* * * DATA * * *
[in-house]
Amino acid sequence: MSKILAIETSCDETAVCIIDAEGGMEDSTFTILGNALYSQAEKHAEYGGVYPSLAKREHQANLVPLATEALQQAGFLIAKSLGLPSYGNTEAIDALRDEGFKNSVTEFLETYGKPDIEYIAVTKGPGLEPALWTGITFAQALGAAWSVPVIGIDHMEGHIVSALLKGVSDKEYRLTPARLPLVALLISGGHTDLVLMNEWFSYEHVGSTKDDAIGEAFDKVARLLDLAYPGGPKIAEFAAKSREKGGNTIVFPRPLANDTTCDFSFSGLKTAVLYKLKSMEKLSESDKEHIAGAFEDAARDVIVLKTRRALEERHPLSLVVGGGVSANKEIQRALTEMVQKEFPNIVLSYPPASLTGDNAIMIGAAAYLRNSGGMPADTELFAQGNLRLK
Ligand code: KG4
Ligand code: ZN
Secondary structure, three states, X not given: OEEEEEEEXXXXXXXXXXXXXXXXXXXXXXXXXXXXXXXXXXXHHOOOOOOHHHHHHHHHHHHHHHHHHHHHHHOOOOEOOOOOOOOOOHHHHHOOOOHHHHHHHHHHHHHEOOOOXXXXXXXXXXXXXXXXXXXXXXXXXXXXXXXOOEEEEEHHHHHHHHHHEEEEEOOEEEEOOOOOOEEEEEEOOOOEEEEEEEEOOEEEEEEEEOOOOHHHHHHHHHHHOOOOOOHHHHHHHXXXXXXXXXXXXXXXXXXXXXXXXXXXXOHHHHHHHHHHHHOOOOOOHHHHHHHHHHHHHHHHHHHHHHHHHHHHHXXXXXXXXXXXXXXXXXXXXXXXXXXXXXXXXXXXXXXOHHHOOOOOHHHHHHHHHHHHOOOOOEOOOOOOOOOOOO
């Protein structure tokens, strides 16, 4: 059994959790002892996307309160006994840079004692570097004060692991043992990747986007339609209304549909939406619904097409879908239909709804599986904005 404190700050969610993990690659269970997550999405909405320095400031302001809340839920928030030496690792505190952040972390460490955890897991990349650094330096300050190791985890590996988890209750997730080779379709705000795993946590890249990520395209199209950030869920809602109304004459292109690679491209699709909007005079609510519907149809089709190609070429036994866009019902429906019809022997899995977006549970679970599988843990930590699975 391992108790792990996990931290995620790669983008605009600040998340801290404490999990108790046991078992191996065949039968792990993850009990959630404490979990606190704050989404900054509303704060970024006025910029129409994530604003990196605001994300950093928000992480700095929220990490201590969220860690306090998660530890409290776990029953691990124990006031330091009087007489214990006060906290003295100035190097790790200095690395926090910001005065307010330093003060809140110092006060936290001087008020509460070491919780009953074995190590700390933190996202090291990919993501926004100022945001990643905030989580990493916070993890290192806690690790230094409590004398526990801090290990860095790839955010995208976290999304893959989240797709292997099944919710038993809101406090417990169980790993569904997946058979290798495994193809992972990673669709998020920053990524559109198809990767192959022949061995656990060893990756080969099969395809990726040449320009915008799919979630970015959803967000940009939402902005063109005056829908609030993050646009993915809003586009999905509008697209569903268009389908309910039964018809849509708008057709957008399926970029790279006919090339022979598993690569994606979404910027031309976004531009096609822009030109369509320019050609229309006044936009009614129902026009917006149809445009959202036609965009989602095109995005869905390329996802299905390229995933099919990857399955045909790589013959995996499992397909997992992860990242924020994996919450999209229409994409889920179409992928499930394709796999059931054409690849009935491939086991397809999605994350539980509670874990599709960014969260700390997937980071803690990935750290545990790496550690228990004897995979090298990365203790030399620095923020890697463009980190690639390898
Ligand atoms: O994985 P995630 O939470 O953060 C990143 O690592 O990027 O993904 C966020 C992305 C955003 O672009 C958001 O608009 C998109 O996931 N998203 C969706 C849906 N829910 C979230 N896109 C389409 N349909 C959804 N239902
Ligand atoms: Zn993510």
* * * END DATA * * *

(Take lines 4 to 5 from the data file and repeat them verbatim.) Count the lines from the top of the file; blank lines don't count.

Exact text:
Ligand code: ZN
Secondary structure, three states, X not given: OEEEEEEEXXXXXXXXXXXXXXXXXXXXXXXXXXXXXXXXXXXHHOOOOOOHHHHHHHHHHHHHHHHHHHHHHHOOOOEOOOOOOOOOOHHHHHOOOOHHHHHHHHHHHHHEOOOOXXXXXXXXXXXXXXXXXXXXXXXXXXXXXXXOOEEEEEHHHHHHHHHHEEEEEOOEEEEOOOOOOEEEEEEOOOOEEEEEEEEOOEEEEEEEEOOOOHHHHHHHHHHHOOOOOOHHHHHHHXXXXXXXXXXXXXXXXXXXXXXXXXXXXOHHHHHHHHHHHHOOOOOOHHHHHHHHHHHHHHHHHHHHHHHHHHHHHXXXXXXXXXXXXXXXXXXXXXXXXXXXXXXXXXXXXXXOHHHOOOOOHHHHHHHHHHHHOOOOOEOOOOOOOOOOOO